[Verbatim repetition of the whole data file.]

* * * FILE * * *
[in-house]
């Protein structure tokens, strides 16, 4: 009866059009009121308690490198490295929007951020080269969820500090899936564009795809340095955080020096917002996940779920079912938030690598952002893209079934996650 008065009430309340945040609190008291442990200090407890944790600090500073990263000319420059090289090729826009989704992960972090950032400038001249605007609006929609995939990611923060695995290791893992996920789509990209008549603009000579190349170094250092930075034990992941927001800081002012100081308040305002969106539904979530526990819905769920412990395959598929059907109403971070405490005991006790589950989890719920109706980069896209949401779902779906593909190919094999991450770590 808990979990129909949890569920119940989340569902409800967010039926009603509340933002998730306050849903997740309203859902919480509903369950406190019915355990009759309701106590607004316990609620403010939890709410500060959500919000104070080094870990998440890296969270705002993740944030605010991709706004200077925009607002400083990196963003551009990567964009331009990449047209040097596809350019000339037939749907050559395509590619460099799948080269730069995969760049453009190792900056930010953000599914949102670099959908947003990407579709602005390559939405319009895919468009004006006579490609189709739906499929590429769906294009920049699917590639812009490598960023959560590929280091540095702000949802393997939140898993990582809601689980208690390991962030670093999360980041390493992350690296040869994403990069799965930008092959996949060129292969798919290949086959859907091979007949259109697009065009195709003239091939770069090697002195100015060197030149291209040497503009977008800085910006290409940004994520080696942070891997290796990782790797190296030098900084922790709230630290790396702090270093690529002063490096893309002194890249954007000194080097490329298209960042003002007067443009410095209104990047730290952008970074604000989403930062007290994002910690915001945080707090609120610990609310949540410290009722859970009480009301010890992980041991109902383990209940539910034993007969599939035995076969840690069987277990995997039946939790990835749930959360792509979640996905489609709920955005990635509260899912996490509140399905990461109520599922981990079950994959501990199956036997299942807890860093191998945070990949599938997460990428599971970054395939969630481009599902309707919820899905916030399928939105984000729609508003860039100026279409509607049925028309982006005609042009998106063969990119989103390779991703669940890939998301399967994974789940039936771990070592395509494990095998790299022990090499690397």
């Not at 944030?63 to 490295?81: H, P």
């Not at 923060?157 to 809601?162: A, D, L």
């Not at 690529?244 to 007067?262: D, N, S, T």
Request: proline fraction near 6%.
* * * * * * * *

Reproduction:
[in-house]
């Protein structure tokens, strides 16, 4: 009866059009009121308690490198490295929007951020080269969820500090899936564009795809340095955080020096917002996940779920079912938030690598952002893209079934996650 008065009430309340945040609190008291442990200090407890944790600090500073990263000319420059090289090729826009989704992960972090950032400038001249605007609006929609995939990611923060695995290791893992996920789509990209008549603009000579190349170094250092930075034990992941927001800081002012100081308040305002969106539904979530526990819905769920412990395959598929059907109403971070405490005991006790589950989890719920109706980069896209949401779902779906593909190919094999991450770590 808990979990129909949890569920119940989340569902409800967010039926009603509340933002998730306050849903997740309203859902919480509903369950406190019915355990009759309701106590607004316990609620403010939890709410500060959500919000104070080094870990998440890296969270705002993740944030605010991709706004200077925009607002400083990196963003551009990567964009331009990449047209040097596809350019000339037939749907050559395509590619460099799948080269730069995969760049453009190792900056930010953000599914949102670099959908947003990407579709602005390559939405319009895919468009004006006579490609189709739906499929590429769906294009920049699917590639812009490598960023959560590929280091540095702000949802393997939140898993990582809601689980208690390991962030670093999360980041390493992350690296040869994403990069799965930008092959996949060129292969798919290949086959859907091979007949259109697009065009195709003239091939770069090697002195100015060197030149291209040497503009977008800085910006290409940004994520080696942070891997290796990782790797190296030098900084922790709230630290790396702090270093690529002063490096893309002194890249954007000194080097490329298209960042003002007067443009410095209104990047730290952008970074604000989403930062007290994002910690915001945080707090609120610990609310949540410290009722859970009480009301010890992980041991109902383990209940539910034993007969599939035995076969840690069987277990995997039946939790990835749930959360792509979640996905489609709920955005990635509260899912996490509140399905990461109520599922981990079950994959501990199956036997299942807890860093191998945070990949599938997460990428599971970054395939969630481009599902309707919820899905916030399928939105984000729609508003860039100026279409509607049925028309982006005609042009998106063969990119989103390779991703669940890939998301399967994974789940039936771990070592395509494990095998790299022990090499690397």
């Not at 944030?63 to 490295?81: H, P």
């Not at 923060?157 to 809601?162: A, D, L």
């Not at 690529?244 to 007067?262: D, N, S, T």
Request: proline fraction near 6%.